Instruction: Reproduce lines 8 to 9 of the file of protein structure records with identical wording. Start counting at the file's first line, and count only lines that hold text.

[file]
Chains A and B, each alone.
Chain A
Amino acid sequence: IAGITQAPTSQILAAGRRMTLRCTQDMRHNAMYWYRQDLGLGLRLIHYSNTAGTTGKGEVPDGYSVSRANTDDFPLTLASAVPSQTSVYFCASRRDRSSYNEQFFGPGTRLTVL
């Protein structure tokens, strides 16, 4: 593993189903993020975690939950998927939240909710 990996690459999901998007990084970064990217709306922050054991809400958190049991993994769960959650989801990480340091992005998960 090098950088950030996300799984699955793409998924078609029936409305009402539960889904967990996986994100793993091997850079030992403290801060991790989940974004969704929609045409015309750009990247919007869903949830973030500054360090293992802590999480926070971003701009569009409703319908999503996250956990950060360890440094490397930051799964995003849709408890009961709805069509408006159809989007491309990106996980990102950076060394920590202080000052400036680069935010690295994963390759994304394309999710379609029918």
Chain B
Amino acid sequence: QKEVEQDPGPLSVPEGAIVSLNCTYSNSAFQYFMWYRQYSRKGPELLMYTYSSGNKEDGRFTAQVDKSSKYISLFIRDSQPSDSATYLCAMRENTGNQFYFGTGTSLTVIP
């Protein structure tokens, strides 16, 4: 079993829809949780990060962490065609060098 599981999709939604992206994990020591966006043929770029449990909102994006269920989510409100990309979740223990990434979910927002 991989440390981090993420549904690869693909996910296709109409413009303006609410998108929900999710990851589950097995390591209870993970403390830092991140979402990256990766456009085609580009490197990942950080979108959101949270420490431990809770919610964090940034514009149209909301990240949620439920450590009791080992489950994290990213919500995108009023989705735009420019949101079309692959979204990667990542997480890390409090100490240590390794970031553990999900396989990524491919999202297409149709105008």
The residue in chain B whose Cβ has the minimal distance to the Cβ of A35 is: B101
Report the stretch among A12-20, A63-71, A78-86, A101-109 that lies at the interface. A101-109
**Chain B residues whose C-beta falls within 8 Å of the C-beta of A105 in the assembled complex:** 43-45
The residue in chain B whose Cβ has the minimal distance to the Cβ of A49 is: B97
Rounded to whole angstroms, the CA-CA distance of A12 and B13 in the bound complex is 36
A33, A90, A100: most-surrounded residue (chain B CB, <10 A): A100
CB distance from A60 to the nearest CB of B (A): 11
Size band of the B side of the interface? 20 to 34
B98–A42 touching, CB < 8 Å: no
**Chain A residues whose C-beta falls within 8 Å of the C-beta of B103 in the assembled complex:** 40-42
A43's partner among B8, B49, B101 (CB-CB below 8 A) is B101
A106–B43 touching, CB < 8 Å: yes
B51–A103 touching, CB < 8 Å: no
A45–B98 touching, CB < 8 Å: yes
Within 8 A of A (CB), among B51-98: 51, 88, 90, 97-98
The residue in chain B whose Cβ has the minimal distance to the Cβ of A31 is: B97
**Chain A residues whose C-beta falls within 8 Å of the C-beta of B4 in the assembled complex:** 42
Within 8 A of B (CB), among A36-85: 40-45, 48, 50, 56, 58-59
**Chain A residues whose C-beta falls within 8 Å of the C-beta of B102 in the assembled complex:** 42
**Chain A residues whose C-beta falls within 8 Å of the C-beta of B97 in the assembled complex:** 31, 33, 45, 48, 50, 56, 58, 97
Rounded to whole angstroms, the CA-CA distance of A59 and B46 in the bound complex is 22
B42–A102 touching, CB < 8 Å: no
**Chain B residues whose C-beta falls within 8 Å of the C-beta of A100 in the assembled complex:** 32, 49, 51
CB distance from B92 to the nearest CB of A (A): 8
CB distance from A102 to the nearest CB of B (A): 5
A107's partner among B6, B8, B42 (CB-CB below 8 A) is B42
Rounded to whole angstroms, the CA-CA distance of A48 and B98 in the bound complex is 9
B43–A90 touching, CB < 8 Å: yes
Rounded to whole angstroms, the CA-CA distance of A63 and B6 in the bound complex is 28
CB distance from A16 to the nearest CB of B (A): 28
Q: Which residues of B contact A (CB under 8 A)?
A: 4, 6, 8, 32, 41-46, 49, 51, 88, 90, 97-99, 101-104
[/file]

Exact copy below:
The residue in chain B whose Cβ has the minimal distance to the Cβ of A35 is: B101
Report the stretch among A12-20, A63-71, A78-86, A101-109 that lies at the interface. A101-109